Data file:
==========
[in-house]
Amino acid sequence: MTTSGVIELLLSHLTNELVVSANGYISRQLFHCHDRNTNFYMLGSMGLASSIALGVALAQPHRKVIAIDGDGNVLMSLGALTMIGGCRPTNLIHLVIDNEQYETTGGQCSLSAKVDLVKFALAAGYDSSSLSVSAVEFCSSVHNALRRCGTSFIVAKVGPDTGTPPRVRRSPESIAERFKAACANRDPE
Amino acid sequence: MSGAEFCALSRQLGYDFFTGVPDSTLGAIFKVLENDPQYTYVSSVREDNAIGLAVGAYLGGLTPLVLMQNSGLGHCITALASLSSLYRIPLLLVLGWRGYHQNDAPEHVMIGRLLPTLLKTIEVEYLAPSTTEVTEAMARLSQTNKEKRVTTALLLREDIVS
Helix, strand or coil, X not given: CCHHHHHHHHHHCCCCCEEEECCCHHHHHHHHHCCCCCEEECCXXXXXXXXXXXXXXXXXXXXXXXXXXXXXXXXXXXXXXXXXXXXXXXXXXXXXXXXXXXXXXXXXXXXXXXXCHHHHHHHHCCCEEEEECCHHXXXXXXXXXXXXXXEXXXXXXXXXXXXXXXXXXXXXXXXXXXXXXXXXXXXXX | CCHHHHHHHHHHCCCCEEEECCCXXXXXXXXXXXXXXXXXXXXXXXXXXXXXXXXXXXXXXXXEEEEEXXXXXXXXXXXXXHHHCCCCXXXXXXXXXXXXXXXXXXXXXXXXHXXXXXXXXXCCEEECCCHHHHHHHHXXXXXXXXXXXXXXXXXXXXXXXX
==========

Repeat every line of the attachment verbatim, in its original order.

[in-house]
Amino acid sequence: MTTSGVIELLLSHLTNELVVSANGYISRQLFHCHDRNTNFYMLGSMGLASSIALGVALAQPHRKVIAIDGDGNVLMSLGALTMIGGCRPTNLIHLVIDNEQYETTGGQCSLSAKVDLVKFALAAGYDSSSLSVSAVEFCSSVHNALRRCGTSFIVAKVGPDTGTPPRVRRSPESIAERFKAACANRDPE
Amino acid sequence: MSGAEFCALSRQLGYDFFTGVPDSTLGAIFKVLENDPQYTYVSSVREDNAIGLAVGAYLGGLTPLVLMQNSGLGHCITALASLSSLYRIPLLLVLGWRGYHQNDAPEHVMIGRLLPTLLKTIEVEYLAPSTTEVTEAMARLSQTNKEKRVTTALLLREDIVS
Helix, strand or coil, X not given: CCHHHHHHHHHHCCCCCEEEECCCHHHHHHHHHCCCCCEEECCXXXXXXXXXXXXXXXXXXXXXXXXXXXXXXXXXXXXXXXXXXXXXXXXXXXXXXXXXXXXXXXXXXXXXXXXCHHHHHHHHCCCEEEEECCHHXXXXXXXXXXXXXXEXXXXXXXXXXXXXXXXXXXXXXXXXXXXXXXXXXXXXX | CCHHHHHHHHHHCCCCEEEECCCXXXXXXXXXXXXXXXXXXXXXXXXXXXXXXXXXXXXXXXXEEEEEXXXXXXXXXXXXXHHHCCCCXXXXXXXXXXXXXXXXXXXXXXXXHXXXXXXXXXCCEEECCCHHHHHHHHXXXXXXXXXXXXXXXXXXXXXXXX